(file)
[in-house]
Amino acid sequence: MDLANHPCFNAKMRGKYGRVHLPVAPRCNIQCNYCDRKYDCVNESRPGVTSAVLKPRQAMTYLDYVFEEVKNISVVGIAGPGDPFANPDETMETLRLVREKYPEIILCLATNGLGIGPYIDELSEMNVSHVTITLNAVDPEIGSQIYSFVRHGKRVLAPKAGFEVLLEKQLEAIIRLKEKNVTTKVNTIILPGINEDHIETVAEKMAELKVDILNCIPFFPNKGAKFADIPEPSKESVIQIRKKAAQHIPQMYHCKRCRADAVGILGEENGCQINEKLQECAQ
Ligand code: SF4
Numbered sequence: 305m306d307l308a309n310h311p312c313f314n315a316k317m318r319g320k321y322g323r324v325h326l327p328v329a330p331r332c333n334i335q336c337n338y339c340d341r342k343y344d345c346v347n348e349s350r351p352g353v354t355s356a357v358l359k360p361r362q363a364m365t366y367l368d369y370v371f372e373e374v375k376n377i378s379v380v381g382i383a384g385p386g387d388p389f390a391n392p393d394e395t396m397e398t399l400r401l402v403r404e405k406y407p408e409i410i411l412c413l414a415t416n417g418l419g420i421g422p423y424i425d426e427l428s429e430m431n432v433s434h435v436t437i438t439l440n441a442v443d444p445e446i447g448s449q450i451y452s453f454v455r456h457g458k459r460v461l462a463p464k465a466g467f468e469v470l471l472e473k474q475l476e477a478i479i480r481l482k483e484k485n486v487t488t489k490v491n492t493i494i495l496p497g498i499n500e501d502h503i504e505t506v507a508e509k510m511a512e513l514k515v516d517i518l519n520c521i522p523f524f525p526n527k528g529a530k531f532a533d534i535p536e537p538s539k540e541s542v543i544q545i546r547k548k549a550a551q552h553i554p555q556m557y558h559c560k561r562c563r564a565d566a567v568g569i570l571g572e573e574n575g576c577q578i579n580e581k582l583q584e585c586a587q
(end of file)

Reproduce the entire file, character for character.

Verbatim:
[in-house]
Amino acid sequence: MDLANHPCFNAKMRGKYGRVHLPVAPRCNIQCNYCDRKYDCVNESRPGVTSAVLKPRQAMTYLDYVFEEVKNISVVGIAGPGDPFANPDETMETLRLVREKYPEIILCLATNGLGIGPYIDELSEMNVSHVTITLNAVDPEIGSQIYSFVRHGKRVLAPKAGFEVLLEKQLEAIIRLKEKNVTTKVNTIILPGINEDHIETVAEKMAELKVDILNCIPFFPNKGAKFADIPEPSKESVIQIRKKAAQHIPQMYHCKRCRADAVGILGEENGCQINEKLQECAQ
Ligand code: SF4
Numbered sequence: 305m306d307l308a309n310h311p312c313f314n315a316k317m318r319g320k321y322g323r324v325h326l327p328v329a330p331r332c333n334i335q336c337n338y339c340d341r342k343y344d345c346v347n348e349s350r351p352g353v354t355s356a357v358l359k360p361r362q363a364m365t366y367l368d369y370v371f372e373e374v375k376n377i378s379v380v381g382i383a384g385p386g387d388p389f390a391n392p393d394e395t396m397e398t399l400r401l402v403r404e405k406y407p408e409i410i411l412c413l414a415t416n417g418l419g420i421g422p423y424i425d426e427l428s429e430m431n432v433s434h435v436t437i438t439l440n441a442v443d444p445e446i447g448s449q450i451y452s453f454v455r456h457g458k459r460v461l462a463p464k465a466g467f468e469v470l471l472e473k474q475l476e477a478i479i480r481l482k483e484k485n486v487t488t489k490v491n492t493i494i495l496p497g498i499n500e501d502h503i504e505t506v507a508e509k510m511a512e513l514k515v516d517i518l519n520c521i522p523f524f525p526n527k528g529a530k531f532a533d534i535p536e537p538s539k540e541s542v543i544q545i546r547k548k549a550a551q552h553i554p555q556m557y558h559c560k561r562c563r564a565d566a567v568g569i570l571g572e573e574n575g576c577q578i579n580e581k582l583q584e585c586a587q